People & Culture
How a Culture of HR Compliance Can Reduce Risk
Running a business inevitably exposes leaders to legal liability. While it may not be possible to achieve 100% protection against every potential legal risk, you can avoid many common pitfalls and greatly benefit your organization by creating a culture of HR compliance. It all comes down to your company’s core values, culture and people – as well as your commitment to training, modeling and reinforcing desired behaviors. Learn more about how to cultivate a culture of compliance and mitigate the negative consequences of non-compliance with laws and regulations.
This article is an excerpt from a full blog on Insperity.com. Read the complete post here.
From a legal perspective, owning and operating a business is inherently risky. While it’s not possible to shield your business from every conceivable negative outcome, establishing a culture of HR compliance can protect your company from the most common business risks.
In the U.S., business owners must comply with an ever-increasing and evolving list of laws and regulations at the federal, state, and local levels. As your company grows in size and complexity, even expanding into new states and municipalities, ensuring legal compliance can become complicated.
Furthermore, it can be more difficult to monitor the details of each employee’s behavior to avoid running afoul of the law.
However, a company culture that encourages ethical behavior and promotes proactive compliance can significantly reduce risk exposure. This is what a culture of HR compliance is all about, and why it is so important.
So, what are common risks that businesses encounter?
And how do you create and maintain a culture at your company that mitigates these liabilities?
What are the risks that business owners can face?
Business owners face three main legal risks:
All businesses must comply with numerous laws passed at different levels of government. Depending on your industry or business type, some laws regulate nearly every aspect of your operations. Non-compliance with these laws may result in time-consuming investigations or audits, costly fines, operational disruptions, and reputational damage.
In dealing with employees, businesses can be subject to accusations of discrimination or harassment, which can also consume significant amounts of time and money, diverting resources away from the business and resulting in similarly harsh penalties.
In especially grievous situations, business leaders can face imprisonment for criminal offenses such as tax evasion or insider trading, for example.
Company culture as a risk-mitigation tool
Together, strong values and positive culture encourage employees to hold themselves to a consistent standard of beliefs and behaviors – no matter where they are and who is watching – and provide a safe, supportive environment for them to speak up when they notice a potential cause for concern.
Your company’s core values and workplace culture:
- Are the foundation of your organization and should permeate every aspect of the workplace
- Dictate your company’s beliefs, priorities and preferred courses of action
- Set the expectation for how all employees should conduct themselves as representatives of your company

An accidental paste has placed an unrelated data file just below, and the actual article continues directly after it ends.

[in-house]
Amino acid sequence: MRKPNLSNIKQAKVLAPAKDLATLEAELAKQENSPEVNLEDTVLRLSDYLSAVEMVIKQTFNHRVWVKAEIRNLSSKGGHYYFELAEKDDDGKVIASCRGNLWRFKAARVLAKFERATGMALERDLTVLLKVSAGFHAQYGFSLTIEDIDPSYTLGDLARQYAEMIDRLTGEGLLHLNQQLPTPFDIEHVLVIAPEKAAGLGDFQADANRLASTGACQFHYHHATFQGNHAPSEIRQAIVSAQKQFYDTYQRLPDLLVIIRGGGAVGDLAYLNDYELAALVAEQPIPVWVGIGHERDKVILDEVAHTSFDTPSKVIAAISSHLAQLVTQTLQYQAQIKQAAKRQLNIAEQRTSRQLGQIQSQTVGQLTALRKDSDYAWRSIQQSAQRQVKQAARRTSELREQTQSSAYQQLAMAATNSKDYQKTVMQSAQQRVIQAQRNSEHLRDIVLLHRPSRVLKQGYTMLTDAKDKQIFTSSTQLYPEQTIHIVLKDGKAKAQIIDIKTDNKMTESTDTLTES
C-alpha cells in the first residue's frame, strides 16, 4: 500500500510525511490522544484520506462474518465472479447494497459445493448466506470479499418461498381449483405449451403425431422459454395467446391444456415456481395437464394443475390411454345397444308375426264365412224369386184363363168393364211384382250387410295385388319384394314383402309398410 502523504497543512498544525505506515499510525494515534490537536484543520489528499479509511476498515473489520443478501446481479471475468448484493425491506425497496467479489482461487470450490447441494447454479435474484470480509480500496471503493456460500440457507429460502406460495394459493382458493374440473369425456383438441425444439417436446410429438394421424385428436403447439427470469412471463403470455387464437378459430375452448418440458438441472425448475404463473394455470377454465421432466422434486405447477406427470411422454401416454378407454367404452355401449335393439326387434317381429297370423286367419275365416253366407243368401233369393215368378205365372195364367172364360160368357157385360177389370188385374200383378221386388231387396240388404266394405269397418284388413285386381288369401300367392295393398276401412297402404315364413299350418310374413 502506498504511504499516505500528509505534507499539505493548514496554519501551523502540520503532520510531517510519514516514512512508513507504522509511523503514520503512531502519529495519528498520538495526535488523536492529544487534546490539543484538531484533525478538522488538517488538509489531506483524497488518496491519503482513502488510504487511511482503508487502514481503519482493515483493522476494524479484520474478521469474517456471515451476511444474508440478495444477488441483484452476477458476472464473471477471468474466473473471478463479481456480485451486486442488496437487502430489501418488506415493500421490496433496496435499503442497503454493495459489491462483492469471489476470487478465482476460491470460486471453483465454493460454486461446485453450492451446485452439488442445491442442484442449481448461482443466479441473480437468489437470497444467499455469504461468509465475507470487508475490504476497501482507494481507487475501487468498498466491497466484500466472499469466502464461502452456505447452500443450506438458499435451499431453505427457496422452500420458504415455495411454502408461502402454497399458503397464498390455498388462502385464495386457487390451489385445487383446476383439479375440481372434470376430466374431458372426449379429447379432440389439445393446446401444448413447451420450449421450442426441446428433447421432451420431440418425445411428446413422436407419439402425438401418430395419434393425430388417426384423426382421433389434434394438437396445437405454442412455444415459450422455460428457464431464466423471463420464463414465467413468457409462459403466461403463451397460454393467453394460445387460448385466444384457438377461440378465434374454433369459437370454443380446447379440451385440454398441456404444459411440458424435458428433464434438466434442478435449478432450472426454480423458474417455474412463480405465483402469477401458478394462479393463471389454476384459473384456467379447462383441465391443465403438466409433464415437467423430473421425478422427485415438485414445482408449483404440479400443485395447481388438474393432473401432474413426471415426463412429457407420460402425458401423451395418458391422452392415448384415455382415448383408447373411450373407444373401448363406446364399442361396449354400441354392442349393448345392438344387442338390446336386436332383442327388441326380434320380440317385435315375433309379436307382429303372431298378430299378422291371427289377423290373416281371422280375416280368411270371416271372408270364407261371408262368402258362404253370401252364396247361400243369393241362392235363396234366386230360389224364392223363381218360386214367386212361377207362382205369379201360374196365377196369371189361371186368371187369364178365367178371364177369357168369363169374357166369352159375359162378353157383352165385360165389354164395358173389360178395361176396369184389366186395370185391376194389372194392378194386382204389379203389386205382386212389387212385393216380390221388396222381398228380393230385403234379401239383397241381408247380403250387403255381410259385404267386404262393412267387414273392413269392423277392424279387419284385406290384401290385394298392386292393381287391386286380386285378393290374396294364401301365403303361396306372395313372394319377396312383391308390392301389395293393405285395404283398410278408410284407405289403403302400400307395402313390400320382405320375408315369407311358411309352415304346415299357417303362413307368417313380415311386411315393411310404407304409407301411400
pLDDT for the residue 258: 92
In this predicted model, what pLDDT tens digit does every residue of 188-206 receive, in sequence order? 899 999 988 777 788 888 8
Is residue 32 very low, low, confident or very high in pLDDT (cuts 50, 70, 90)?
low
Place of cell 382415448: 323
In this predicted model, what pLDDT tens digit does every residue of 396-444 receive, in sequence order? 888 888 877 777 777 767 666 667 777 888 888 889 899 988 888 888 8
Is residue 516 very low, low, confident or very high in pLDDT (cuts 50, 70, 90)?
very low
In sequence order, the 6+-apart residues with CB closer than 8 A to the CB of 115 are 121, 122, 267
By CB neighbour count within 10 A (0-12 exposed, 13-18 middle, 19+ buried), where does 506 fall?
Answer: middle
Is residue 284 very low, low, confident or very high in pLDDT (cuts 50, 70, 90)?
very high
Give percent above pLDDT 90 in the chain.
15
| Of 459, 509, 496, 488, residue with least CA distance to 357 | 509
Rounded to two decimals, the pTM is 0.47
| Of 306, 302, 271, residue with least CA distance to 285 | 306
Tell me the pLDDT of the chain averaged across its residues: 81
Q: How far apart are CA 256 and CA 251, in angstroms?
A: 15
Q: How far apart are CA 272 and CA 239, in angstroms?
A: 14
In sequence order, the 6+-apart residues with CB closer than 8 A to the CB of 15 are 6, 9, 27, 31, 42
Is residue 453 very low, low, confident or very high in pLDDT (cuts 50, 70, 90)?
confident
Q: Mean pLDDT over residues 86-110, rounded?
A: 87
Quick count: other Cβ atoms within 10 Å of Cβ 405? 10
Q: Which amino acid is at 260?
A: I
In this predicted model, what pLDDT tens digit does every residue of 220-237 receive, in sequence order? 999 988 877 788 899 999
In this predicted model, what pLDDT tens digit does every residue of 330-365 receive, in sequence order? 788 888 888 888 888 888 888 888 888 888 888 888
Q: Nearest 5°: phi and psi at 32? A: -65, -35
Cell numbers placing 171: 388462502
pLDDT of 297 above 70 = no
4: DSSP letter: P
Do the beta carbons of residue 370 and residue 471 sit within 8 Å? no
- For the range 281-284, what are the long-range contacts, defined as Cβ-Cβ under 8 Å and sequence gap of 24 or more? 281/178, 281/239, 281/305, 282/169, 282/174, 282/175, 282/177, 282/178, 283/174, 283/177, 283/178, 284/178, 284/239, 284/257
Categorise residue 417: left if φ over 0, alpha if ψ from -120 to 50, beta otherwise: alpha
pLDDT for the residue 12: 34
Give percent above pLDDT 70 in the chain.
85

- Serve as a framework for decision-making in challenging situations
In the absence of clearly defined core values or if a toxic culture persists, employees may instead rely on their personal instincts, opinions and past experiences to navigate challenges. Employees whose values don’t align with yours may act in a way that puts your company in legal jeopardy. Additionally, employees may hesitate to ask for help or report problems, letting issues escalate into bigger liabilities.
The more you guide your team, the more your company can benefit. Your values and culture must emphasize the behaviors you want your employees to exhibit each day on the job.
Leaders must model and reinforce desired behaviors for the rest of the organization. There should never be a perception that senior employees are exempt from expectations that other, lower-level employees must adhere to, or that exceptions to rules exist.
Values and culture must be reviewed regularly for relevance, adherence and effectiveness, as well as to identify and correct any issues.
Building a culture of HR compliance
Characteristics of a strong culture
As it relates to legal compliance, your company’s culture should promote characteristics that include:
- Community service, along with an understanding of how the organization serves the greater good
People underlying the culture
You can envision and explain the culture you want your company to embody, but ultimately you depend on your people to implement and live it.
This all depends on your hiring processes and ongoing commitment to employees.
Hire carefully and consider the cultural fit of each job candidate as equal in importance to their skills and experience.
- Broadcast your company culture and values, and clarify the type of employee you’re looking for.
- Ask interview questions intended to uncover a job candidate’s values, gauge their working and communication styles, and reveal their thought processes in certain scenarios.
- Provide new hires with a thorough introduction to your culture and values.
- Reinforce initial training with regular training.
When mistakes happen
Setbacks are inevitable, but a robust, well-defined culture of HR compliance can mitigate the impacts.
- Address isolated incidents individually.
- Address widespread problems in larger meetings or communications.
- Assess the root cause of the issue, including whether some aspect of your culture was to blame. Evaluate how this happened and how your company can resolve it.
- Focus on your organization’s strengths.
- Reframe setbacks as learning opportunities.